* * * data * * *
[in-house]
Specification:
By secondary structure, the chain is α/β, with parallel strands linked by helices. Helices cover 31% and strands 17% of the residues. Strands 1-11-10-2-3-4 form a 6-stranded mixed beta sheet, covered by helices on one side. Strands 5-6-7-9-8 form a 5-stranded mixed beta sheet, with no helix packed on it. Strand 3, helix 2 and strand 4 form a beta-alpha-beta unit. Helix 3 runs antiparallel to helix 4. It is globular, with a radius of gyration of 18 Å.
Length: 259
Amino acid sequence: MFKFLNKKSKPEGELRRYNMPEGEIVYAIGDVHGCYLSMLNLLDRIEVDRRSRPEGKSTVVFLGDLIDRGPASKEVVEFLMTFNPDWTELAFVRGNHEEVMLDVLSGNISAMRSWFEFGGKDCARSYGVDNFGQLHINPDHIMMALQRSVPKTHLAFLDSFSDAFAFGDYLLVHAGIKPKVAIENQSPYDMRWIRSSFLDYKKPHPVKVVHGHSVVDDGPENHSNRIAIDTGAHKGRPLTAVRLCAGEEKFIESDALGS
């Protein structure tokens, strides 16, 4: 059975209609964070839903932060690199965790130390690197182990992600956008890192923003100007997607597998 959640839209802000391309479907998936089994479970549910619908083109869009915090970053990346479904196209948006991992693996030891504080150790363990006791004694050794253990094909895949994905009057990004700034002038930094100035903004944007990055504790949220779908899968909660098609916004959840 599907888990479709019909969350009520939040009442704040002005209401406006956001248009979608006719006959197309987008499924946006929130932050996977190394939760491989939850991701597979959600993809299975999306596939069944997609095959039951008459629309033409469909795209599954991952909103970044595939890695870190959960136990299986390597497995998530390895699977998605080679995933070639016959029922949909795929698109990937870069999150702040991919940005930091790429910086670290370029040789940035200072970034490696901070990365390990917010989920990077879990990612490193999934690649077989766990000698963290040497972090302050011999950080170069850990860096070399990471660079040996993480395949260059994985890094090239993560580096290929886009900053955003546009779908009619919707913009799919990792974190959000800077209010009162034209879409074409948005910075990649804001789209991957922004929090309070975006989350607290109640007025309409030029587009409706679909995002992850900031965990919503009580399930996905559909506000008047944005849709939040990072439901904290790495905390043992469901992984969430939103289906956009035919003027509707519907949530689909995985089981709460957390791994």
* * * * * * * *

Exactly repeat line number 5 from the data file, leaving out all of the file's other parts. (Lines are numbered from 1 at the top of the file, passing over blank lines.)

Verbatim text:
Amino acid sequence: MFKFLNKKSKPEGELRRYNMPEGEIVYAIGDVHGCYLSMLNLLDRIEVDRRSRPEGKSTVVFLGDLIDRGPASKEVVEFLMTFNPDWTELAFVRGNHEEVMLDVLSGNISAMRSWFEFGGKDCARSYGVDNFGQLHINPDHIMMALQRSVPKTHLAFLDSFSDAFAFGDYLLVHAGIKPKVAIENQSPYDMRWIRSSFLDYKKPHPVKVVHGHSVVDDGPENHSNRIAIDTGAHKGRPLTAVRLCAGEEKFIESDALGS